Described herein are techniques for roof support apparatus, which may be used for solar panels for example. In the following description, for purposes of explanation, numerous examples and specific details are set forth in order to provide a thorough understanding of the present invention. It will be evident, however, to one skilled in the art that the present invention as defined by the claims may include some or all of the features in these examples alone or in combination with other features described below, and may further include modifications and equivalents of the features and concepts described herein.
The mounting plate may be made from a solid piece or assembly of elongated material such as metal or metal alloy, such as Aluminum, Zinc, or steel, or a reinforced thermoplastic or thermoset material, for example. Mounting plate 201 has a base 210 and a track 209. Track 209 extends parallel to base 210 and protrudes upward from base 210.
Base 210 has a width 211 greater than a width 212 of track 209. The greater width 211 of base 210 forms an exposed surface 213 adjacent to and on one side of track 209 and an exposed surface 214 adjacent to and on the other side of track 209. In this embodiment, base 210 has holes at location 215-216 for attaching the mounting plate onto the roof.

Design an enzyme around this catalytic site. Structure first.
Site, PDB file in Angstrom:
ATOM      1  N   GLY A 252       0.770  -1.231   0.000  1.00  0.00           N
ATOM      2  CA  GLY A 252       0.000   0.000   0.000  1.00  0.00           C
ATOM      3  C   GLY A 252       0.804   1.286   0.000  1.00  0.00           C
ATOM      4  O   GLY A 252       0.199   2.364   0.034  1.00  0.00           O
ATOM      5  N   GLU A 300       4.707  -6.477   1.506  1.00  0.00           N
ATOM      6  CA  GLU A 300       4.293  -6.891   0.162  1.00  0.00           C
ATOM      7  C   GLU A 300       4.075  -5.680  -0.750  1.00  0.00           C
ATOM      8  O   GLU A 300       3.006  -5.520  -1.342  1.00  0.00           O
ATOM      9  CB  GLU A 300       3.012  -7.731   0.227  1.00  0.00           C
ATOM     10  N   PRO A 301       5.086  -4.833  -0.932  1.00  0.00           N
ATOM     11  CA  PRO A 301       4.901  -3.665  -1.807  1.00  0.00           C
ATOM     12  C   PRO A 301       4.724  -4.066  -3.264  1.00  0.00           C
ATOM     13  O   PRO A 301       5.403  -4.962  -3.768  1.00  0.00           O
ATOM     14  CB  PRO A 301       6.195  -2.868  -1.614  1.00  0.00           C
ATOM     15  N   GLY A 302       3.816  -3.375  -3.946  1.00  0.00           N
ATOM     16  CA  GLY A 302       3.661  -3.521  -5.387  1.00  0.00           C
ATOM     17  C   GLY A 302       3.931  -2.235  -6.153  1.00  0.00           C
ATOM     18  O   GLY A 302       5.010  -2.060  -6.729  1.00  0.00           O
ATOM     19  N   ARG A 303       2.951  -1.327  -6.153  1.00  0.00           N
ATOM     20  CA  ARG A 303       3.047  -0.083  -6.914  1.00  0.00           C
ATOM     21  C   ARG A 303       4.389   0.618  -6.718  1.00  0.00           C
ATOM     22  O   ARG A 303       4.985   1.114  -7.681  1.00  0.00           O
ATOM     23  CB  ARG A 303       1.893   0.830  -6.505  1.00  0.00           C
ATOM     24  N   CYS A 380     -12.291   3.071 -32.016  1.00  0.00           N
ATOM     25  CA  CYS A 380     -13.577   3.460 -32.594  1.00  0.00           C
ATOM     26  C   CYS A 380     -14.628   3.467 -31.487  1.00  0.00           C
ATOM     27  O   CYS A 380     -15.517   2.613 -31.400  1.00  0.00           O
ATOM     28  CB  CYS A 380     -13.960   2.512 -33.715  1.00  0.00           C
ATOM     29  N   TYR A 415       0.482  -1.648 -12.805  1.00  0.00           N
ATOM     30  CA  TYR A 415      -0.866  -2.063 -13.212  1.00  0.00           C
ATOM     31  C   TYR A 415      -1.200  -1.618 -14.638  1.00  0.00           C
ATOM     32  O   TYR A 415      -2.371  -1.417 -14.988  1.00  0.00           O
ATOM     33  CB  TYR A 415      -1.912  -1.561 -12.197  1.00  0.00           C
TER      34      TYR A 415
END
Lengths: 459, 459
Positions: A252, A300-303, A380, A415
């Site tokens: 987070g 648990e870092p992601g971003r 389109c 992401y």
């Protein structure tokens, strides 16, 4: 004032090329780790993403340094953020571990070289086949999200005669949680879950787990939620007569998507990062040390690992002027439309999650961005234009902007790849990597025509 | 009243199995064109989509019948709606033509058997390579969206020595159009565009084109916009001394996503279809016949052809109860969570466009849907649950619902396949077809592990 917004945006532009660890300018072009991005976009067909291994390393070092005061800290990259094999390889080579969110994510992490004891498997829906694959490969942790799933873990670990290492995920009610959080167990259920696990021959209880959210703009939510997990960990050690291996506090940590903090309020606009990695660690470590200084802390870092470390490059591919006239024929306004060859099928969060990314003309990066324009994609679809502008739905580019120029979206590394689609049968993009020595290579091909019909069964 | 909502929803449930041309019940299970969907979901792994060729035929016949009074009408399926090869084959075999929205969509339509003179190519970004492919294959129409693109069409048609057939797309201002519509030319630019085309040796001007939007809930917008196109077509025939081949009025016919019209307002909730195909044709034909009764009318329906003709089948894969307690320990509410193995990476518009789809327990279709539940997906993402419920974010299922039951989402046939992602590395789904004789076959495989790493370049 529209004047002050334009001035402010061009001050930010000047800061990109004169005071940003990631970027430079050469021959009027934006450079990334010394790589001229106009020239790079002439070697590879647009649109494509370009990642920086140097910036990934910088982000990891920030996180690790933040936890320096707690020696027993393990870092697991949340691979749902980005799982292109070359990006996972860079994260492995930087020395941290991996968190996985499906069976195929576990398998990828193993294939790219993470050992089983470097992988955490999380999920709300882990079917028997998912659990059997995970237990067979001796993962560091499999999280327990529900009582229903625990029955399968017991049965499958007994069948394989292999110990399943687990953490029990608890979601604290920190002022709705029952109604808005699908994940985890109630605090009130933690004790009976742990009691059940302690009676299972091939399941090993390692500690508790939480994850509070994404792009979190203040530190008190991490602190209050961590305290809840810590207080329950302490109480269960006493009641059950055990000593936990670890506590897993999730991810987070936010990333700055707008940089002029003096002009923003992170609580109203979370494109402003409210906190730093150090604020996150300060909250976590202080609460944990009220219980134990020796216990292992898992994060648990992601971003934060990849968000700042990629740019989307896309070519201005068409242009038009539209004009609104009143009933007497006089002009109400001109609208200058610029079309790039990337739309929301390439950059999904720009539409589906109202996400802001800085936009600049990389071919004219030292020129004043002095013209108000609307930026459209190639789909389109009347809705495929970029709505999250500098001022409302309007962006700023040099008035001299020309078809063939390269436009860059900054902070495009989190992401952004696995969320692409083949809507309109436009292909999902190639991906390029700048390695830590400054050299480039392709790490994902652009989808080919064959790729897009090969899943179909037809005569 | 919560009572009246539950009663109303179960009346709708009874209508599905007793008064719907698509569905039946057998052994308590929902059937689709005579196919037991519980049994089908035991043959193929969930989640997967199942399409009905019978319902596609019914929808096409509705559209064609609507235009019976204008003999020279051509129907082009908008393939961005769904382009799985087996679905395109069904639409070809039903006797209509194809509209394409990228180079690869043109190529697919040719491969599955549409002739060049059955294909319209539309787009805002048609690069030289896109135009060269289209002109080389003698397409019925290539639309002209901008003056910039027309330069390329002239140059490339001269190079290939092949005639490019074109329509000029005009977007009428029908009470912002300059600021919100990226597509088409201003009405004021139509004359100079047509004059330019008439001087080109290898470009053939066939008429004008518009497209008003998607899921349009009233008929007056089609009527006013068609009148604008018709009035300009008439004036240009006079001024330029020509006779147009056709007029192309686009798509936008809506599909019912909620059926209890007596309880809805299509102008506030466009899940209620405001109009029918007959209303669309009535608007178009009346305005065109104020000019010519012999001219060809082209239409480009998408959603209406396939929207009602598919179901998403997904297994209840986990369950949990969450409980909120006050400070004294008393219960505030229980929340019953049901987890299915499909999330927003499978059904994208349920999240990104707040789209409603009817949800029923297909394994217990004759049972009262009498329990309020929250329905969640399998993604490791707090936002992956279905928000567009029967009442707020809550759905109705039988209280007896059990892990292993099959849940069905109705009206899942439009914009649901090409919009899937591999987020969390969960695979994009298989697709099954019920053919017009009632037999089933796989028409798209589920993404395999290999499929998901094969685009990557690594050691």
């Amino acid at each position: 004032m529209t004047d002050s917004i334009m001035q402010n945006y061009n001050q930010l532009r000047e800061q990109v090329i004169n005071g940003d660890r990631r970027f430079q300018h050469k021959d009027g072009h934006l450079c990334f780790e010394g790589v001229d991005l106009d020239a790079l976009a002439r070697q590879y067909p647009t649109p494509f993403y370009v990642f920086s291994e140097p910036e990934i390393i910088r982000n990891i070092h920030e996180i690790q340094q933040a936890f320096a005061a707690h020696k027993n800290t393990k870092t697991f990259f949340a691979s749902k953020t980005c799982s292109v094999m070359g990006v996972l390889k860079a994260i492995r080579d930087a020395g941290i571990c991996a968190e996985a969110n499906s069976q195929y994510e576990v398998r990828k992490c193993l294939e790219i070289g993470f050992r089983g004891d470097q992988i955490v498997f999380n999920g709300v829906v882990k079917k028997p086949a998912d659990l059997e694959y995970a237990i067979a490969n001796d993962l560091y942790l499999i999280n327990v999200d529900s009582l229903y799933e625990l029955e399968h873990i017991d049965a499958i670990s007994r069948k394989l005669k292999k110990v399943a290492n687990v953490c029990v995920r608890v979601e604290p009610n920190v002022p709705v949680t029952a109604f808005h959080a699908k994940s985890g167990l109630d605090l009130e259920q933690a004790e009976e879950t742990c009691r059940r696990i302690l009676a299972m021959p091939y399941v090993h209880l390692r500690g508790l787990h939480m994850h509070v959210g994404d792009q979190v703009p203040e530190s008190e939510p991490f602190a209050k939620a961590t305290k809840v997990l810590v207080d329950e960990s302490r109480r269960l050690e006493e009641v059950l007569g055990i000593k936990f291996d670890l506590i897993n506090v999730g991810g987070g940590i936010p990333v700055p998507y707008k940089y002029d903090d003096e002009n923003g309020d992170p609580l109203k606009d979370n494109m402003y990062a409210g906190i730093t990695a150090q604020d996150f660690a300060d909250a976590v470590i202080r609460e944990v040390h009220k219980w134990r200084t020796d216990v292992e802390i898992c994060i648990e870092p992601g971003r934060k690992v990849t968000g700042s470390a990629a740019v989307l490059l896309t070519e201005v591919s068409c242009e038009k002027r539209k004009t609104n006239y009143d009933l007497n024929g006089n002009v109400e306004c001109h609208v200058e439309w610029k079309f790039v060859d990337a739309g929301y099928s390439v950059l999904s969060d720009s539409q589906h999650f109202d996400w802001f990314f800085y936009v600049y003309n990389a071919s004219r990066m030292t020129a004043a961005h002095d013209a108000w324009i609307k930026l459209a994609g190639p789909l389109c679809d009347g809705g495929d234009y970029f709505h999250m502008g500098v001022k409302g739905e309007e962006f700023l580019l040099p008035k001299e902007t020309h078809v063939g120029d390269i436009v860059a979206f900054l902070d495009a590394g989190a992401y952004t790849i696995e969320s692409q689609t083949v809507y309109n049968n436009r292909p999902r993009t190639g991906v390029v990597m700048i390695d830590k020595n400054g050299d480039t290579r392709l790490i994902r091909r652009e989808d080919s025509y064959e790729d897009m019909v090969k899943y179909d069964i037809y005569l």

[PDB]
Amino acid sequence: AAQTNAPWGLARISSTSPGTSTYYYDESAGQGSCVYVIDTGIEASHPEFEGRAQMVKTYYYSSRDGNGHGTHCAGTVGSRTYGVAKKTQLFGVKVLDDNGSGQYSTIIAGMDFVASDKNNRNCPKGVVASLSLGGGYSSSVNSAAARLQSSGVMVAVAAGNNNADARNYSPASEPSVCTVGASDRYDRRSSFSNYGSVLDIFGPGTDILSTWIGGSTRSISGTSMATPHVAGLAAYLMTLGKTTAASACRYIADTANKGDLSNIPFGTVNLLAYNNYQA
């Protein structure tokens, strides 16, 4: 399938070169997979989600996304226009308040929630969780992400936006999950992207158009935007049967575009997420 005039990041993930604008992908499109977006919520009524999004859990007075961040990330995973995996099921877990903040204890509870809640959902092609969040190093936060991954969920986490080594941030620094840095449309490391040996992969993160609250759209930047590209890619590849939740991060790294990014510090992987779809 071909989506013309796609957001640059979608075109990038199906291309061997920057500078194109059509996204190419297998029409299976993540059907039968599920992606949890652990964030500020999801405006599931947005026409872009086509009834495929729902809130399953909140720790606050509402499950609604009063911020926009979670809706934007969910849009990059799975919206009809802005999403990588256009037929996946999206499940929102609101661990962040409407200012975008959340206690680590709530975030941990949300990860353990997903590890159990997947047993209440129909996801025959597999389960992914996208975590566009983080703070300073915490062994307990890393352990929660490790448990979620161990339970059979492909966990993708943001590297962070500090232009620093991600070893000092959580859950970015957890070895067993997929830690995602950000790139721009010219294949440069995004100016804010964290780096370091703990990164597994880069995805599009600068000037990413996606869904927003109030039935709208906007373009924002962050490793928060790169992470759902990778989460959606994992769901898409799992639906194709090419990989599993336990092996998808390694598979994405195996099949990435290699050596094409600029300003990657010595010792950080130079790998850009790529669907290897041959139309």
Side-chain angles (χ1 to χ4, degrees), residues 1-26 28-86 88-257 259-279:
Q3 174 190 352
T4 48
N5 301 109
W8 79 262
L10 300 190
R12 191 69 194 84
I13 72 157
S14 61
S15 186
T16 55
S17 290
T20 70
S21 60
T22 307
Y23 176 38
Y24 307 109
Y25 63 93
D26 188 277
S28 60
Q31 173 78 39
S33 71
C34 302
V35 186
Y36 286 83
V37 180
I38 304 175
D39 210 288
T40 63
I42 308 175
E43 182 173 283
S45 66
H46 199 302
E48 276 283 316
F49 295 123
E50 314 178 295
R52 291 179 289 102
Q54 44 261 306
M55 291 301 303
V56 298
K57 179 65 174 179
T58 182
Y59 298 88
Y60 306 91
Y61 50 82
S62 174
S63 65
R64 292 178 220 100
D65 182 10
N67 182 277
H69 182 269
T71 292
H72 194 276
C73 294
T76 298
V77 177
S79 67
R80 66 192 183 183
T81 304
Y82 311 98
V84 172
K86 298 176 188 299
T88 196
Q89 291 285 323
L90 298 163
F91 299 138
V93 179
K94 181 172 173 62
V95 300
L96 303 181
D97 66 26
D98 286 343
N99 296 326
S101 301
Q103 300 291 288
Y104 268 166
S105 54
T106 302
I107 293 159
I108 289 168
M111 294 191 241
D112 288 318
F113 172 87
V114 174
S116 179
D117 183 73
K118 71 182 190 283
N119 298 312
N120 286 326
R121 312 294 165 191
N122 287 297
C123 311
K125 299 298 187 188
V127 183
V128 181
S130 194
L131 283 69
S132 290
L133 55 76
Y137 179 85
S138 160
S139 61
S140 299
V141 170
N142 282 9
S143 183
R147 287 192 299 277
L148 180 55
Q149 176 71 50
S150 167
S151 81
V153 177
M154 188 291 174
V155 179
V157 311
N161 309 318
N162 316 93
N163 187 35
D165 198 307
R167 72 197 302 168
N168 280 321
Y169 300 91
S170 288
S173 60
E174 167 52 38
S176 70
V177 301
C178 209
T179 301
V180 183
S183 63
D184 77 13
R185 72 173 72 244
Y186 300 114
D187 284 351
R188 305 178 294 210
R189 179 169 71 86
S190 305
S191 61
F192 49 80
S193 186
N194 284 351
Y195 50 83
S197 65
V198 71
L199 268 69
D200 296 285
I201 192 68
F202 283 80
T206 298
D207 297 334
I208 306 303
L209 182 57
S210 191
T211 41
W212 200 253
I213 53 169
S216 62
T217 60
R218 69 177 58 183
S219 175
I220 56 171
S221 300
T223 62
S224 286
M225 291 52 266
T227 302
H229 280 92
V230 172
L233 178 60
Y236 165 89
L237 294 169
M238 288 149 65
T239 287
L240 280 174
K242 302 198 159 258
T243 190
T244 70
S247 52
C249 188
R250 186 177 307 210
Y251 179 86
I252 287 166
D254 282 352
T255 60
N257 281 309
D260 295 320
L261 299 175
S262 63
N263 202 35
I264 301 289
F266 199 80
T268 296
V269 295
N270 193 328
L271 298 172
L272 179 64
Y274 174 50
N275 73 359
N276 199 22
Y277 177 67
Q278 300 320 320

Track 209 has wall 217, wall 218, and an intermediate plate 221. Wall 217-218 and intermediate plate 221 form an internal cavity in which screw head 220 of screw 219 may enter. Intermediate plate 221 extends parallel with base 210 and bridges wall 217 with wall 218 and provides a planar surface in which screw head 220 may lye upside down and perpendicular to base 210. In particular, screw 219 may include a head 220 and threaded cylindrical shaft section, and in this embodiment the head 220 may be positioned in the downward direction such that the threaded shaft section extends in the upward direction as shown. After screw 219 is inserted into the cavity, wall 217 and 218 prevent screw 219 from vertically exiting the cavity. The cavity may have dimensions such that a screw head 220 cannot rotate within the cavity, but may slide freely along track 209.